Service dogs are trained to help people suffering from a wide range of disabilities and ailments, including loss of vision and mental illness. While most people have heard of service dogs, you may be surprised to find out there are more than a dozen specializations for these special, four-legged furballs. Some of the different types of service dogs include diabetic alert dogs, severe allergy alert dogs, visual assistance dogs, medical alert dogs, seizure assistance dogs, and hearing dogs for the deaf.
The point is that service dogs are trained to perform tasks for a disabled person that they would otherwise have a hard time completing on their own. In order to be officially recognized as a service dog in the United States, the dog must undergo highly specialized training. In recent years we have seen many people abuse the title of Service Dog, purchasing fake certificates online that allow dogs to travel in the cabin on airlines and go into buildings they would otherwise be barred from.
As we figure out how to crack down on fake service dog certifications, it is important to remember what an invaluable service real service dogs offer to thousands of disabled individuals. Not only do these dogs lift spirits, but they help their owners go on with their routines and activities without any issues.
Signs of a Service Dog
It is no secret that service dogs are incredibly helpful to individuals with a wide range of disabilities, but how do you know a service dog when you see one?
For starters, good service dogs are usually mild-mannered and obedient. They get along with other people - including strangers - as well as others dogs. Because these dogs are trained to help with simple, everyday tasks, the dog must be alert, a good listener, and be able to pick up new tricks/tasks quickly. Service dogs are trained to cater to the needs of each specific client, allowing them to live a more independent, happier life.
Disability can make an individual feel isolated and even depressed, which is yet another benefit of service dogs. Dogs trained to help disabled people can assist with everyday tasks while offering companionship and helping the individual live a full and satisfied life. Training a dog to become a service animal requires hard work and commitment, but the reward is well worth it in the end.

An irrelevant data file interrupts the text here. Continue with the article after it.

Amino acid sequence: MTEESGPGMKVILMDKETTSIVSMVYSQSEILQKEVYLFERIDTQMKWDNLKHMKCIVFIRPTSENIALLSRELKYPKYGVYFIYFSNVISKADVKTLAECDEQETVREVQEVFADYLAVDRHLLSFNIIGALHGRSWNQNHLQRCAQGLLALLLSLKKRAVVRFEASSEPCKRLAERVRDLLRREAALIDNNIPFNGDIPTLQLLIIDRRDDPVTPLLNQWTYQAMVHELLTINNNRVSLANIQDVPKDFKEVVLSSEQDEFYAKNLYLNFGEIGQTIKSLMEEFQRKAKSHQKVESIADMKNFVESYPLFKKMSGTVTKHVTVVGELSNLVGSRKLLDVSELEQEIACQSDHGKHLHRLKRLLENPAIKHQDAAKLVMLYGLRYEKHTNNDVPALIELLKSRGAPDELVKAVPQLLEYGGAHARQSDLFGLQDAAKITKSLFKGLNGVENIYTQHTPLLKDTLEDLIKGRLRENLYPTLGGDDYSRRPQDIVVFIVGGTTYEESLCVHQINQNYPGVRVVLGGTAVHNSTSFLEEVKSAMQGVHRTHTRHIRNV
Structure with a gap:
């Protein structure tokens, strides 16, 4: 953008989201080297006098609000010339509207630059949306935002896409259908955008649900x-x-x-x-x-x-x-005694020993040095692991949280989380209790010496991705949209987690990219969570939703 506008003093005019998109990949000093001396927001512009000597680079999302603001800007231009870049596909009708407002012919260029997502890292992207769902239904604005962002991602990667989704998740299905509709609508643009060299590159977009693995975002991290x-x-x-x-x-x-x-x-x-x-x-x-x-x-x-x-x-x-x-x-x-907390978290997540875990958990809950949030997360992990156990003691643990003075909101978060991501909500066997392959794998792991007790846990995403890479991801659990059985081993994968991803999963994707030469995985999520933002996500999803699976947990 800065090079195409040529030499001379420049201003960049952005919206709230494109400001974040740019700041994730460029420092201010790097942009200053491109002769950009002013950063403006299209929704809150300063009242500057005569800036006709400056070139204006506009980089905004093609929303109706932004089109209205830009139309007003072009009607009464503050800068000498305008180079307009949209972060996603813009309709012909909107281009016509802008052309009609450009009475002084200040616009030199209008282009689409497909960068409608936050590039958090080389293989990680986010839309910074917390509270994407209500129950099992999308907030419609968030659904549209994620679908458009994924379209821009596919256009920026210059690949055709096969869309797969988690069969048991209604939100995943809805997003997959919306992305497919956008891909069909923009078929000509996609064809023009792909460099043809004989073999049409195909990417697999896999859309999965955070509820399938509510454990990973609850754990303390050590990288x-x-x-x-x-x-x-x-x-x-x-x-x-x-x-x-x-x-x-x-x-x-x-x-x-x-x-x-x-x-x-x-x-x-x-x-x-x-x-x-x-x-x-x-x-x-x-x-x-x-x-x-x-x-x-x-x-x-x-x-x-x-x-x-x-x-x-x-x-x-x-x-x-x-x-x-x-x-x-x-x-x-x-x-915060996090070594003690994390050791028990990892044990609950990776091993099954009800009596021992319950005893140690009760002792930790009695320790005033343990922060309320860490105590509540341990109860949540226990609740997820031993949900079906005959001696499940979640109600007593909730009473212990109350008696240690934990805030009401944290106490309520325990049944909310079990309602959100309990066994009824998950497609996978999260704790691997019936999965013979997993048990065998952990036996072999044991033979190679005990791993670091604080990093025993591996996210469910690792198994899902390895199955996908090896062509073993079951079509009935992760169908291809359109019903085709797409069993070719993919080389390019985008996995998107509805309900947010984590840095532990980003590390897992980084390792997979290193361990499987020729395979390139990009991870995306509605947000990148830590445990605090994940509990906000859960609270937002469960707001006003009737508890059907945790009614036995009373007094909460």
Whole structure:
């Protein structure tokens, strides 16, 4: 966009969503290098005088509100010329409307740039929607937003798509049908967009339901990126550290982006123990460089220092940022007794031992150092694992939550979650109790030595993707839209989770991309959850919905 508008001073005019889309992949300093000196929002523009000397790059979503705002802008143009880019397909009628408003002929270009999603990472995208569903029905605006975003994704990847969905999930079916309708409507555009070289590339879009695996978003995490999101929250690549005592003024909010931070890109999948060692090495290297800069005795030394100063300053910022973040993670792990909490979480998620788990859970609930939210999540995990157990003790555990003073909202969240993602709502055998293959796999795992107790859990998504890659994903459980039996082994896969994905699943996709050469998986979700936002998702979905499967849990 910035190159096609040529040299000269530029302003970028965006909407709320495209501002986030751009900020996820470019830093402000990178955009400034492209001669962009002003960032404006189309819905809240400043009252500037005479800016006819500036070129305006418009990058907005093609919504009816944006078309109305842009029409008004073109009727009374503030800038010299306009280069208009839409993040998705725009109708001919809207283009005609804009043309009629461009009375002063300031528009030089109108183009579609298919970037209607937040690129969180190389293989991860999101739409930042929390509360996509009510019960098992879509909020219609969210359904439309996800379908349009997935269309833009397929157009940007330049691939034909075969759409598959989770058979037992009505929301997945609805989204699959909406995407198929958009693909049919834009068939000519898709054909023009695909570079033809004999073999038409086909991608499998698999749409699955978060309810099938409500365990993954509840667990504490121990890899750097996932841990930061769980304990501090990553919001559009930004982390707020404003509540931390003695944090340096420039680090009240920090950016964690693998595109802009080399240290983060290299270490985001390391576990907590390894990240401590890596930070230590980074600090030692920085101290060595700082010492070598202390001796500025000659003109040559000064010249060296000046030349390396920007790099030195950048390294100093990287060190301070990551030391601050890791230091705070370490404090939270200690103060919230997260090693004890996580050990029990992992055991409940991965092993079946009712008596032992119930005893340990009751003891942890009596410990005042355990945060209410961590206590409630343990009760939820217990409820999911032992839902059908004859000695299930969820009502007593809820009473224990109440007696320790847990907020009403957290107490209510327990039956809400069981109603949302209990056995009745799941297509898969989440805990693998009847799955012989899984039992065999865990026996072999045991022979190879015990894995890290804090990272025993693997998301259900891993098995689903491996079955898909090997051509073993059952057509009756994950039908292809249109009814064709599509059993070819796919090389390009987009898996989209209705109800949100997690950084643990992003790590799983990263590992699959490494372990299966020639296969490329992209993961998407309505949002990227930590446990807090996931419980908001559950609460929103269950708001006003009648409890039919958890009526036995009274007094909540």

History of Service Dogs
Dogs are remarkable species that have long been used by mankind for help and assistance. Today we have so many different types of service dogs, from ministry dogs and assistance dogs for disabled persons to classroom dogs and social dogs. But how long have we been using dogs in this capacity, you may be wondering?
We know that dogs have been used since the Roman Empire for military purposes, and in the 1700s, Europe relied on dogs to track down wounded soldiers and even carry time-sensitive messages to the front lines. Go back even further than that, there is evidence that prehistoric humans started taming wolves somewhere around 15,000 years ago. So while they may not have been officially trained as a 'service' dog by the Romans, it's safe to say dogs have been used in this way for as long as we can remember.
If we go back to the 1750s, we can find evidence of the earliest systematic training of guide dogs. During the 18th century in Paris, dogs were used to help the visually impaired. An Austrian by the name of Johann Wilhelm Klein founded the Institute for the Training of the Blind in Vienna, and subsequently published one of the first manuals for training guide dogs in 1819.
Historians note that the modern service dog movement can be credited to Germany following World War I. Thousands of soldiers were left blinded by mustard gas, and a doctor named Gerhard Stalling left his German shepherd with a visually impaired patient, only to find the dog had become protective of the wounded soldier in his absence. Fast forward to 1923 when the German Shepherd Dog Association established a Potsdam training center that produced more than 4,000 guide dogs in just seven years.
Since the 1920s, training centers have popped up all over the world, including from coast to coast in the United States. Today, there are numerous different certifications and training programs designed to provide dogs with the skills necessary to assist disabled individuals.
Science Behind Service Dogs
As we've discussed, service dogs must have certain personality traits and skills in order to perform the duties required of them. Scientifically speaking, the best service dogs are those who respond well to commands, are mild-mannered, do not react to outside distractions, and alert.
Today's service dogs don't just help with physical disabilities, but mental health disabilities, too. Often referred to as Emotional Support Animals (ESA), these dogs are specially trained to offer companionship, identify hallucinations, interrupt and redirect people with OCD, and provide stimulation for anxiety attacks.
Training Your Dog to Become a Service Animal
Most service dog training programs range from one to two years. Accredited programs will ensure your dog is trained to mitigate a specific disability, behave appropriately in public, and have a good foundation of obedience.
Because there are so many different specializations of service dogs and training programs out there, it is important to do your research and make sure the program you are looking at is a good fit for you and your pawsome partner. Some dogs make great basic service dogs, whereas others are better suited for companionship or to assist people with mental health disabilities.
Written by a Chihuahua lover Allie Wall
Veterinary reviewed by:
Published: 02/14/2018, edited: 04/06/2020